Monism. The three functions of consciousness, essentially “SENSE, THINK, DO”, are all performed by one material body, with the brain as command center. Thought might be an internal loop, like the brain doing something to its own sensory mechanisms. 4.

Doctors and researchers have developed a consistent mapping of brain functions to mind functions.  Localized brain damage has a predictable effect on cognitive capabilities.  Waves of electrical brain activity are associated so strongly with mental states that people can now fly remote-controlled drones with sensitive “mind-reading” helmets. 5 There is no doubt that the material brain at least contributes to the mind, if not generating it entirely on its own.  It’s unclear where a spirit would fit into the picture anymore.  

This causes us to take a second look at human nature.  Humans have always prided themselves on being spiritual.  Many cultures have looked down at the earthly and corporeal as the baser part of our nature, the “gross” or the “profane”.  It now appears that we are nothing more than our body and brain.  Moreover, the human mind and behavior evolved to serve the body: to feed, to mate, and to raise children.  Most of our emotions reflect the satisfaction or frustration of our biological needs.  Our earthly form is not lowly; it absolutely defines who we are.

C. Disembodied Spirits

The mind / brain connection also poses conundrums for disembodied spirit theory.  It appears that a brain is necessary for thought, so how would a spirit think without a brain?  Spiritualists might say that consciousness simply permeates the universe, that it is a fundamental force of nature without a cause.  But if that were so, then why would a spirit need a brain and a body at all?  I find no satisfying explanations for how spirits would live, think, or interact with our natural world.  Coupling this with the fact that we are predisposed to see purposeful spirits everywhere we look, I have to conclude that they are simply “all in our mind.”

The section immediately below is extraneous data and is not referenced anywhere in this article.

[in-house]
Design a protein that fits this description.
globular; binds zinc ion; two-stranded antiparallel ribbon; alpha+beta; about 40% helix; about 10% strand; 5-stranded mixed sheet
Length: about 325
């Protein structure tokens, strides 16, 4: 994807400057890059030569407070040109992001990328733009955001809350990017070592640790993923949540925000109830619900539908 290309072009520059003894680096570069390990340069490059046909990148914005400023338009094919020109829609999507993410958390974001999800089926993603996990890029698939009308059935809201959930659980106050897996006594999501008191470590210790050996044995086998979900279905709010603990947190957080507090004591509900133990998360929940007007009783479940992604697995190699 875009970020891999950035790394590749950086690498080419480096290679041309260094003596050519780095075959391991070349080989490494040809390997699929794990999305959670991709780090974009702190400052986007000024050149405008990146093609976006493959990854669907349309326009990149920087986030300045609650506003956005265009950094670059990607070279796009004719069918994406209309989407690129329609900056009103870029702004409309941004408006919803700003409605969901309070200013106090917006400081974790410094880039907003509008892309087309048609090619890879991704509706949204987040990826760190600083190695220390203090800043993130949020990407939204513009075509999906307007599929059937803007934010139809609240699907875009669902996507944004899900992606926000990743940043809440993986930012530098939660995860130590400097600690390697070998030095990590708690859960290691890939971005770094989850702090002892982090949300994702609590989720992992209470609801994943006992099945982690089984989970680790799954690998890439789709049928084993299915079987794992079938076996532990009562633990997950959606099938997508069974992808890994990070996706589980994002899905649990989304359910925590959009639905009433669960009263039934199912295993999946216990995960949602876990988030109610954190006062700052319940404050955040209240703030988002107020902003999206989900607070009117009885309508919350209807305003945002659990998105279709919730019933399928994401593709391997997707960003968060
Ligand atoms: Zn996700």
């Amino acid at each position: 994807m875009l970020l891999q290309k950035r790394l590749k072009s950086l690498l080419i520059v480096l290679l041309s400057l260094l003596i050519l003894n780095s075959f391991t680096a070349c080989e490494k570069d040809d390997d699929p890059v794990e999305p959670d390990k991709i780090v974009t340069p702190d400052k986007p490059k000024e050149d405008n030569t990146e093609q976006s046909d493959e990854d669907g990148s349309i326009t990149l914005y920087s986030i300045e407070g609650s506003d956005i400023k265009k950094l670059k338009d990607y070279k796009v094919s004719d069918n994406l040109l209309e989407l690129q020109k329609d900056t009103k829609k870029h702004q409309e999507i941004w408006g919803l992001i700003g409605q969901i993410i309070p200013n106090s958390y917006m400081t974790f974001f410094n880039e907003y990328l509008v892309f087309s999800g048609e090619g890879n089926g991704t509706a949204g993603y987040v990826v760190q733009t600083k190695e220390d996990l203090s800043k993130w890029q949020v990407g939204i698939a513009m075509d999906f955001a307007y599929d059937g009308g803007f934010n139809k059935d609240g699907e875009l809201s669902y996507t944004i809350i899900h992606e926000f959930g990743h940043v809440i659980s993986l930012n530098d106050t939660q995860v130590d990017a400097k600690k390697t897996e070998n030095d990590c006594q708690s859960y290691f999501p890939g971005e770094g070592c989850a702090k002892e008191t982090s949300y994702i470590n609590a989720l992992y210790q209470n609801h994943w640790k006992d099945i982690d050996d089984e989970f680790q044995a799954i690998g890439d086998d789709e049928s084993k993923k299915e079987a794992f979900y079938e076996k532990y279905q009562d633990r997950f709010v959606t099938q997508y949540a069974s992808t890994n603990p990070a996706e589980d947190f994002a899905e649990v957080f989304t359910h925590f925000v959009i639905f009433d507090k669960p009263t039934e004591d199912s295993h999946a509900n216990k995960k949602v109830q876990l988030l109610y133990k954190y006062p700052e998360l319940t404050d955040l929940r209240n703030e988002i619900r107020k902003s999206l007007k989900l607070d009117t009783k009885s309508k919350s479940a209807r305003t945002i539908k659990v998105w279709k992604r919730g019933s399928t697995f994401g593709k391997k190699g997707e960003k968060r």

IV. Conclusions

The human domain is the world, the whole world, and nothing but the world.  To a person living 100 years from now, these truths might be self-evident.  In this day and age, we are fighting two strongly opposing instincts. 

The first instinct is nationalism.  Most people identify as part of a nation, but they have a hard time identifying as part of the world.  Nations have much more history and emotional pull.  Although global culture is nascent, economics and politics are highly developed at the global level.  This will call for increasing demands on world-level government.  I urge people to overcome world-government paranoia so we can plan it wisely.            

The other opposing instinct is spiritualism.  Most people believe in a spirit world alongside our material world.  Brain-mind monism teaches us that bodies and minds are all part of the same unit.  We have now cast serious doubts on both embodied spirits (in this essay) and disembodied spirits (in the previous essay).  This has serious consequences.  If there is only one world, then we can no longer get by blaming our problems on evil spirits and petitioning the goods ones for help.  We must bear all the responsibility for ourselves and our own lonely blue ball in space.   

  1. https://twitter.com/BillGates/status/1250292126643941376
  2. Irvin Baxter, “The New World Order (NWO) World Government Forming Now!” End Time Ministries (2020), https://www.endtime.com/new-world-order/ (accessed, saved, and archived 4/20/20).  For what it’s worth, Baxter isn’t even quoting scripture correctly.  The figures in Revelation and Daniel are called “beasts” in English translations.  The term “antichrist” appears in 1st and 2nd John and is not a kingly figure but simply a heretic.
  3. Drawing by William Blake, “The Soul Hovering Over the Body, Reluctantly Parting With Life” (1813), public domain, https://www.metmuseum.org/art/collection/search/383673
  4. Monism figure created and released into the public domain by Wikimedia Commons user “Was a Bee”, https://commons.wikimedia.org/wiki/File:Consciousness_phenomenal-functional_(en).png (accessed, saved, and archived 4/23/20), modified by Scot Fagerland (4/24/20)
  5. “Controlling a Flying Robot … With Your Mind”, Wall Street Journal (6/06/2013), https://www.youtube.com/watch?v=tJqQuk99F2M